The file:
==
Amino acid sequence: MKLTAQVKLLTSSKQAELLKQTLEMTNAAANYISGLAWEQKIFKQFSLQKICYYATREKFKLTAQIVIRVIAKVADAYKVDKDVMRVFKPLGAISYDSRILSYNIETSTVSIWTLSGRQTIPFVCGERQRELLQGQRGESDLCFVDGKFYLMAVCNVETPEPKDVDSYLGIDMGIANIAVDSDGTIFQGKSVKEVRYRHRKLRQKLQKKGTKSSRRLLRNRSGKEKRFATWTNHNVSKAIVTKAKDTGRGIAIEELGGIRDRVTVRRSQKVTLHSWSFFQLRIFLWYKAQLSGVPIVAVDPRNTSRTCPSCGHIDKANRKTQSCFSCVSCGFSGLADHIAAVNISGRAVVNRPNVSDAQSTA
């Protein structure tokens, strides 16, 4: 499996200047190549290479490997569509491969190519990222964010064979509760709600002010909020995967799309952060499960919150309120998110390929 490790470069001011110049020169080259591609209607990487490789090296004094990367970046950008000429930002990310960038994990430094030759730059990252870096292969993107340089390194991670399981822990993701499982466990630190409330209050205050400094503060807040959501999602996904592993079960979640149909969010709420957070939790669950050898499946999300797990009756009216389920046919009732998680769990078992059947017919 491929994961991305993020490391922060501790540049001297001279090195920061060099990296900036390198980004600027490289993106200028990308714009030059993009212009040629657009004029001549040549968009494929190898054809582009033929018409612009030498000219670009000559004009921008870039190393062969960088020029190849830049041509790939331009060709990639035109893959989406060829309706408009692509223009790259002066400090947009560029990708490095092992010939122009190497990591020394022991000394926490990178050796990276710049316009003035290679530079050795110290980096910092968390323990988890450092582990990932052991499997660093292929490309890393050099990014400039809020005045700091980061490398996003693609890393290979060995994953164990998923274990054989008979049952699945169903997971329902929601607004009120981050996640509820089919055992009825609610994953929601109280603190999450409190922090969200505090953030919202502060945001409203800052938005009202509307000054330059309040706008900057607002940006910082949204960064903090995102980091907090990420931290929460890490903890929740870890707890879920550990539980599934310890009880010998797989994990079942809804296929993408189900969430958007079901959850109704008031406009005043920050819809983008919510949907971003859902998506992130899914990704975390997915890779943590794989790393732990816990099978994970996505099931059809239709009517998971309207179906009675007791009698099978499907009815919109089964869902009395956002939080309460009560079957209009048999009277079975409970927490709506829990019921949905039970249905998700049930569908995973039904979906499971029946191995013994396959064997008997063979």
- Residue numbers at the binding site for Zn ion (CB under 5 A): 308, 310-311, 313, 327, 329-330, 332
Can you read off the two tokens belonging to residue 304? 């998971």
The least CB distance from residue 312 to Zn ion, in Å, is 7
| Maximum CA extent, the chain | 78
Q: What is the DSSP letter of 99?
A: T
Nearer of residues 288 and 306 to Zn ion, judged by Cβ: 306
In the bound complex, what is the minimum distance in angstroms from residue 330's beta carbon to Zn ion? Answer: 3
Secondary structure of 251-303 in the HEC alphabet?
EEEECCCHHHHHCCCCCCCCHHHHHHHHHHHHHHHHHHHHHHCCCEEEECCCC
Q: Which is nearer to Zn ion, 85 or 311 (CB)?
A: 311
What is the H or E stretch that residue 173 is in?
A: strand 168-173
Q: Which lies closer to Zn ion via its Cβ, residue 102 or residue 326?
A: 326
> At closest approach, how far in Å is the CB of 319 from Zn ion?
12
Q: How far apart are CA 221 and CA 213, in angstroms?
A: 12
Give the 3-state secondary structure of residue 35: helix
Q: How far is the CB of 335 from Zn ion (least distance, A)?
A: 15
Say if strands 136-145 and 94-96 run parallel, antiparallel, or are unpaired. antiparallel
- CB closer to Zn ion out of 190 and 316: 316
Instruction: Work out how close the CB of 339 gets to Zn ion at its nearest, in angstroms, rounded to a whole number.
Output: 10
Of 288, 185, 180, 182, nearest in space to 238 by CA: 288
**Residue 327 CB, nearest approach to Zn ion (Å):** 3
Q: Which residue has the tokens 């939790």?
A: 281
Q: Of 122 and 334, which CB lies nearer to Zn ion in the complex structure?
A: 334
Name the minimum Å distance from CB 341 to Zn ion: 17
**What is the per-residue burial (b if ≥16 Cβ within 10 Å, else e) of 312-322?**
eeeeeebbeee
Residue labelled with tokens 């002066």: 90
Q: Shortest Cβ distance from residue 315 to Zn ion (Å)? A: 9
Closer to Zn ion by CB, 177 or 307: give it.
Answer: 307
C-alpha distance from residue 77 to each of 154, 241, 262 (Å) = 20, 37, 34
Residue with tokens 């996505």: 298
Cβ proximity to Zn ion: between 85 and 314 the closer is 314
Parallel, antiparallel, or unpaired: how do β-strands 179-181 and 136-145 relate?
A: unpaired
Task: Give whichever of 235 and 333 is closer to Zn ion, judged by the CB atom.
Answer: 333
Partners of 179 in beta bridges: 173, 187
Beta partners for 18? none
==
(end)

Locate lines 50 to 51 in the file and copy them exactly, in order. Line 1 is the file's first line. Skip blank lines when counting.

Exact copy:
Partners of 179 in beta bridges: 173, 187
Beta partners for 18? none